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Student, Family Cope With Autism
by Melissa Bruen

Melissa Bruen

J.T. sits at his family's dining room table in Marlborough, Mass.

"What is your name?" is more than a question to Jake: It is a trigger that sets off programmed responses: "My name is Jake Temple. I live at 127 Evelina Drive, Marlborough, Massachusetts."

If "What is your name?" is asked in any other way, no verbal answer will be given, only a confused expression of frustration and irritation.

It took years upon years for him to learn those words. They represent basic communication that could save his life. When he was younger, he used to leave the house undetected and go in search of swimming pools, even in the middle of winter. A neighbor once spotted Jake trying to lift the cover of his in-ground pool in January. Luckily, the police had already been alerted by Jake's mother, Robin, and were ready to return him home.

The family sits at the dining room table, enjoying Sunday dinner. Suddenly there's a big crash. It shakes the hutch and the furniture. No one seems to notice.

"That's just Jake redecorating his room," said Robin Temple, glancing toward the ceiling. "It's sad half the time I don't even hear him when he makes those noises any more."

Then, there's plunking accompanied by a labored grunting: someone exercising caution coming down the stairs.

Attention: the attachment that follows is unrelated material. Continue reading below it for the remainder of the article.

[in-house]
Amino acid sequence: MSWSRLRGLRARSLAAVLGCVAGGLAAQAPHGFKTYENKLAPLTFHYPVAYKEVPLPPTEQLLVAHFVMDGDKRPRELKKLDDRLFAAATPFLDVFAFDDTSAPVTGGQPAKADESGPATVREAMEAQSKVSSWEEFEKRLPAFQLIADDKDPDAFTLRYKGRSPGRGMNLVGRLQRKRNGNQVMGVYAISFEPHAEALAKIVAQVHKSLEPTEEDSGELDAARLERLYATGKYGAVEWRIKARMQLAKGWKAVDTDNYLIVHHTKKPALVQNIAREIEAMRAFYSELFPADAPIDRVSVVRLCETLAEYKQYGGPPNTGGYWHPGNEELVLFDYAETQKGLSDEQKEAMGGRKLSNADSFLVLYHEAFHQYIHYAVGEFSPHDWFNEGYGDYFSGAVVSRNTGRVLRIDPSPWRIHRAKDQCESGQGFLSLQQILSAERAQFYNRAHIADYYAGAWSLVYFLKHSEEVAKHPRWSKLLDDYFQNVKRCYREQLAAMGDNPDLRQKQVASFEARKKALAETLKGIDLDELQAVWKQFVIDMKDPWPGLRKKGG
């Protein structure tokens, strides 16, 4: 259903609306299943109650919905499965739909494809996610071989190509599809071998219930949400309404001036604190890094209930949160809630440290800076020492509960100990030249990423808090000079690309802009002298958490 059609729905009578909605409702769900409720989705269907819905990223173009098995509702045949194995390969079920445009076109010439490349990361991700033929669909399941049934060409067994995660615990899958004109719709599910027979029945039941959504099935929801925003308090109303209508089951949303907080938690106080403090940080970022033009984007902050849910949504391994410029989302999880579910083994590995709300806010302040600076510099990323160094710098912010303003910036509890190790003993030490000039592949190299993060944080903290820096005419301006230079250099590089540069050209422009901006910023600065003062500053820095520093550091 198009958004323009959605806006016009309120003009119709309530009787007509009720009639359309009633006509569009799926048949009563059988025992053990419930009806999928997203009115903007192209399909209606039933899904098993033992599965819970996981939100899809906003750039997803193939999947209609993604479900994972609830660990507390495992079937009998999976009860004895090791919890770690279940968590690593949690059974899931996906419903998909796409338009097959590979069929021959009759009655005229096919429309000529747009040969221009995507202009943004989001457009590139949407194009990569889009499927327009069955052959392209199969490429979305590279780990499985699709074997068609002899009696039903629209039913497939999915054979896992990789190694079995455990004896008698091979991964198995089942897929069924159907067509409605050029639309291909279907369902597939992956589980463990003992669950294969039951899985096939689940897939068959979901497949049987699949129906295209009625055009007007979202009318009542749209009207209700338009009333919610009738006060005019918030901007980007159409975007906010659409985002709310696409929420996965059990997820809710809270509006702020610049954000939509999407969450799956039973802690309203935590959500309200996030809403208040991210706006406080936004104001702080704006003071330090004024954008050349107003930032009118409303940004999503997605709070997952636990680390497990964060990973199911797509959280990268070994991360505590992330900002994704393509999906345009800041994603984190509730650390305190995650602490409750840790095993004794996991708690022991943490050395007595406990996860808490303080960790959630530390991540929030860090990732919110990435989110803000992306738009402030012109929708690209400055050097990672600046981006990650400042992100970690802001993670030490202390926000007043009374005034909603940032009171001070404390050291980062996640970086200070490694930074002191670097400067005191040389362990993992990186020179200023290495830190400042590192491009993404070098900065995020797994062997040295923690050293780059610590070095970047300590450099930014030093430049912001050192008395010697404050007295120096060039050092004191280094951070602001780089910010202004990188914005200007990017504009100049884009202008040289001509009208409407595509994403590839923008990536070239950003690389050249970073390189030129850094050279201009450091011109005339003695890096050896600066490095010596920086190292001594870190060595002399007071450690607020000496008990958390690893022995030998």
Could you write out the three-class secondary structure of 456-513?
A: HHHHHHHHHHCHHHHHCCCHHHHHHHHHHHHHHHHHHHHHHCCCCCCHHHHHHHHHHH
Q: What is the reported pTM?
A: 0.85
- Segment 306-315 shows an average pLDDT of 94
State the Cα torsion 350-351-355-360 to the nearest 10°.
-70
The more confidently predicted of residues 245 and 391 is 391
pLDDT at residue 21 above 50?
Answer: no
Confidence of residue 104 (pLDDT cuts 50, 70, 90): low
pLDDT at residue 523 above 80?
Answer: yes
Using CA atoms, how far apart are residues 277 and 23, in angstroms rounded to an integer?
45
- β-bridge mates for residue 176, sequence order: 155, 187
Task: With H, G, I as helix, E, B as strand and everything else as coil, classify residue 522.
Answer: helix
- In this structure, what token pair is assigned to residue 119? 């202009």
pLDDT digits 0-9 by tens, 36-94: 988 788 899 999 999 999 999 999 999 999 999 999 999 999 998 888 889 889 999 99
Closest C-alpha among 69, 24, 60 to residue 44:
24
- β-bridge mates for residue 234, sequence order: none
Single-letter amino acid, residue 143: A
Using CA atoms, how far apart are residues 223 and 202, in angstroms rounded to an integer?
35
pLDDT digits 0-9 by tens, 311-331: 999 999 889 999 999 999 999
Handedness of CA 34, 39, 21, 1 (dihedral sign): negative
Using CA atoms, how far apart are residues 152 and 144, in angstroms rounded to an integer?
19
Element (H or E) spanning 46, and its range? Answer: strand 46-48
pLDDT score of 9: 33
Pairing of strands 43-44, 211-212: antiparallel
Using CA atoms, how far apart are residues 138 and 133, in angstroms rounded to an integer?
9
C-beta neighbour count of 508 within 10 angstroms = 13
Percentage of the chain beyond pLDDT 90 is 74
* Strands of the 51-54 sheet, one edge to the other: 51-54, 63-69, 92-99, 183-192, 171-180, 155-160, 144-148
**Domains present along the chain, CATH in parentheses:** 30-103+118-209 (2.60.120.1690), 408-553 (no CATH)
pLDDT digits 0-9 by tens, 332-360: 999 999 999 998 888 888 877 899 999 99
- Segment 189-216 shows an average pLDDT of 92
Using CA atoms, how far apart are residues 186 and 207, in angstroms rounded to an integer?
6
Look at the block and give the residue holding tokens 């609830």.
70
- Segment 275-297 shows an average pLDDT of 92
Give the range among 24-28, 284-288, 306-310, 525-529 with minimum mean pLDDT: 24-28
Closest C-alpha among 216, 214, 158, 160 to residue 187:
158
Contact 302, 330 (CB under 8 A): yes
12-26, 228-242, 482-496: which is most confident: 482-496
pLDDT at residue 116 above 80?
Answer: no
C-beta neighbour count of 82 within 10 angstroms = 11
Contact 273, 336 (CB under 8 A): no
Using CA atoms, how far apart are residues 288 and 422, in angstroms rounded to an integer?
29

"Say 'Hello,' J.T.," Robin says.

"Hello, J.T. Hello, Grandma," Jake replies. He then lumbers into the kitchen, walking on his tiptoes. It's chilly in the house, but he is wearing only boxer shorts. They are on backward. He opens the refrigerator and pulls out Hellman's mayonnaise, grabs two cans of tuna fish from the cabinet.

"Tuna fisssssh," Jake says as he slams the cans on the counter. "Brown bread. Two. Pweeze," he squeals.

By now, this has become routine for anyone in the Temple family mother, father, brother, cousin, niece and grandparents. These few words convey a lot, and took a lot of patience and hard work on all parties parents and teachers, and student to get him to utter, although they seem so minimal.

Every day is routine. Even the slightest change will upset him. Jake would like two tuna fish sandwiches on pumpernickel bread, cut in half on a round plastic plate, with a caffeine-free Coca-Cola in a can, with a straw. This is his lunch, after-school snack and dinner, most days. For breakfast he has toast and jam. Tuesday and Friday nights he gets cheese pizza from Family House of Pizza, his favorite. He won't eat pizza from anywhere else. Occasionally, he'll switch his order to get "double cheeseburger Donald's."